Despite the current dependence on Big Tech, the majority of consumers in the region would like to see more choice in the market, with 60% of those surveyed highlighting that they would like to have the ability to choose products and services from more than just five companies. This translates to wanting more choice from both big and small companies.

The top five categories that consumers would like to see more choices in are:

  1. E-commerce websites
  2. Search Engines
  3. Social Media Platforms
  4. Email Providers
  5. Messaging Apps

However, whilst they may wish to see increasing choices, consumers in the region remain unconvinced that smaller alternatives are safe. Only 16% of those surveyed indicated having high or very high levels of trust for small companies on the Internet. This is versus 53% who felt the same about big companies on the Internet.

The Asia-Pacific Policy Survey found that security has come out tops once again with security and trust the main concerns for the region’s Internet users for the third year in a row. However, in addition to the issue of security, consumers are also beginning to pay more attention to the need for consumer protection.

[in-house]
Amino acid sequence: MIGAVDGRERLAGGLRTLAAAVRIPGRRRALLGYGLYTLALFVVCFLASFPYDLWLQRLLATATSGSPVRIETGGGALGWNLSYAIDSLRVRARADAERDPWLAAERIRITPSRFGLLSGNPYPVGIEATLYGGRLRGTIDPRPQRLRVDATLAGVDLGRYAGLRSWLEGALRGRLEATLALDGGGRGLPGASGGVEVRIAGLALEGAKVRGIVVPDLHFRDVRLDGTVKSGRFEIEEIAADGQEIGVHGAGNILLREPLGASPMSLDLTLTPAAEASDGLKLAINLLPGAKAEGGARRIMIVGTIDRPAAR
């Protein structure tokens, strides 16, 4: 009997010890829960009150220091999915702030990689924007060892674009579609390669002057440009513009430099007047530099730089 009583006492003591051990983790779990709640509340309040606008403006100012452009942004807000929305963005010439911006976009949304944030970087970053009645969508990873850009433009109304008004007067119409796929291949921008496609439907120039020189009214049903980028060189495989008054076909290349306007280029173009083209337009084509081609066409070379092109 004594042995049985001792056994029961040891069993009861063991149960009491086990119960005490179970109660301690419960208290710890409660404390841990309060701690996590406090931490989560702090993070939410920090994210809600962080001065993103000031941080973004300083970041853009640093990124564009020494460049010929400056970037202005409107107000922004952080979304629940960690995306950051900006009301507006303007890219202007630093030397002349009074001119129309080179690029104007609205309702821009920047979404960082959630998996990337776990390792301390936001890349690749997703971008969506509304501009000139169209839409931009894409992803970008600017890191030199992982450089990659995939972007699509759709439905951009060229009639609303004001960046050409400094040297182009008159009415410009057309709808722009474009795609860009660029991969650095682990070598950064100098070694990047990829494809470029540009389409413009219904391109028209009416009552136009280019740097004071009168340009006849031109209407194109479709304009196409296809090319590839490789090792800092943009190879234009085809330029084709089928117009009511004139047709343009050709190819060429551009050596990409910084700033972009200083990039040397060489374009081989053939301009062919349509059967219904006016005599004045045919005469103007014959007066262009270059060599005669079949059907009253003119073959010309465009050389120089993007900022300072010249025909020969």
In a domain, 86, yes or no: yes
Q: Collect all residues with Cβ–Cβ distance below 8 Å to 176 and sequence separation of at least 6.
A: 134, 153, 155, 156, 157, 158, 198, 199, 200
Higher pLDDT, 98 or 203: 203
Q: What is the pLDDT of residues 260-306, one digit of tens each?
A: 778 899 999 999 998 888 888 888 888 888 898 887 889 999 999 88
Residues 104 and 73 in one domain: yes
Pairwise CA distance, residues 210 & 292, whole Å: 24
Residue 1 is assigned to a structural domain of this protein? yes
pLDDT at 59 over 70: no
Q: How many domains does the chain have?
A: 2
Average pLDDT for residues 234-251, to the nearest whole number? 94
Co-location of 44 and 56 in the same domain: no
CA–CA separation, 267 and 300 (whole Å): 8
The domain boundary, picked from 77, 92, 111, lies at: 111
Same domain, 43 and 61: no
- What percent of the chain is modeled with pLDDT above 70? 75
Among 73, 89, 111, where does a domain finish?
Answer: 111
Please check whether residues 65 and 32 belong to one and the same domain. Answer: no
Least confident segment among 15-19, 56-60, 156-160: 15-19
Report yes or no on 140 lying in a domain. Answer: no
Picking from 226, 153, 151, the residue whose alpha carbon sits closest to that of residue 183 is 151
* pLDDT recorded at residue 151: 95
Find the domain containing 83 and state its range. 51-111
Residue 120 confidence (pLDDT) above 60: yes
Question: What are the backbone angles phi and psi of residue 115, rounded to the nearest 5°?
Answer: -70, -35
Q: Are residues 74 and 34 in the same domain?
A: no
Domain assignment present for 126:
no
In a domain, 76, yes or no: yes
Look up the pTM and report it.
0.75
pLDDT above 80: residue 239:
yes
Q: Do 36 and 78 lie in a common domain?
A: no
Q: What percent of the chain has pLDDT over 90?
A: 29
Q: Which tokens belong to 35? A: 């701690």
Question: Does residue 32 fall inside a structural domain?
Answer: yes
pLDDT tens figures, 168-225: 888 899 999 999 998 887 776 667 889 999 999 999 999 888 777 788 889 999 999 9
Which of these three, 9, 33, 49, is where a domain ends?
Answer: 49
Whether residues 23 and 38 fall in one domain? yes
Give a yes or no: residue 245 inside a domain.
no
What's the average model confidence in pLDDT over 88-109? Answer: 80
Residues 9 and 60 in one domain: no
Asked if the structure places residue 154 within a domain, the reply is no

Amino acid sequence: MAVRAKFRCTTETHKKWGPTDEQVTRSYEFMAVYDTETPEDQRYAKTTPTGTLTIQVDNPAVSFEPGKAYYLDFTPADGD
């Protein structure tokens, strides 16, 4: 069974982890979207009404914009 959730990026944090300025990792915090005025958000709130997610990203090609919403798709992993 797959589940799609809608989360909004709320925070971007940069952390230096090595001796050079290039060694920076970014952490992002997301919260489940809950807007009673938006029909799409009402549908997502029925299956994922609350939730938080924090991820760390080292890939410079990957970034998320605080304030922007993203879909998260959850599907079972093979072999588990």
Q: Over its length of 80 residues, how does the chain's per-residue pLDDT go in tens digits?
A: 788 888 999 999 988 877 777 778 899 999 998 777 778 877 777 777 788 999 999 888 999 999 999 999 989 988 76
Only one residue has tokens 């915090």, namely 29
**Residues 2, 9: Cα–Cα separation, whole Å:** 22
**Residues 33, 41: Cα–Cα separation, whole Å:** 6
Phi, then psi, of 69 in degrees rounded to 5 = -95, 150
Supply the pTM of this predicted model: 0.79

For the first time since the survey started in 2014, Internet users have cited consumer protection as a top-five concern, in terms of public policy. The new focus could signify rising awareness of the need for consumer rights to be addressed.

The top five Internet-related policy issues, as cited by respondents, this year are:

  • Cybersecurity – 79%
  • Access – 75%
  • Data Protection -73%
  • Privacy- 70%
  • Consumer Protection – 64%

“This year’s report will help policymakers and other decision-makers in the region understand that digital consolidation involves a complex set of issues. While people benefit from big tech’s products and services, they are clearly concerned about associated security and privacy threats, and they also want more choice,” said Rajnesh Singh, APAC Regional Director of the Internet Society.

“The desire of Internet users in the region to have a variety of service providers to choose from suggests that policymakers need to make sure that policies targeted at developing the digital economy do not favour only the large players, but nurture and cultivate small-and-medium-sized firms,” he adds.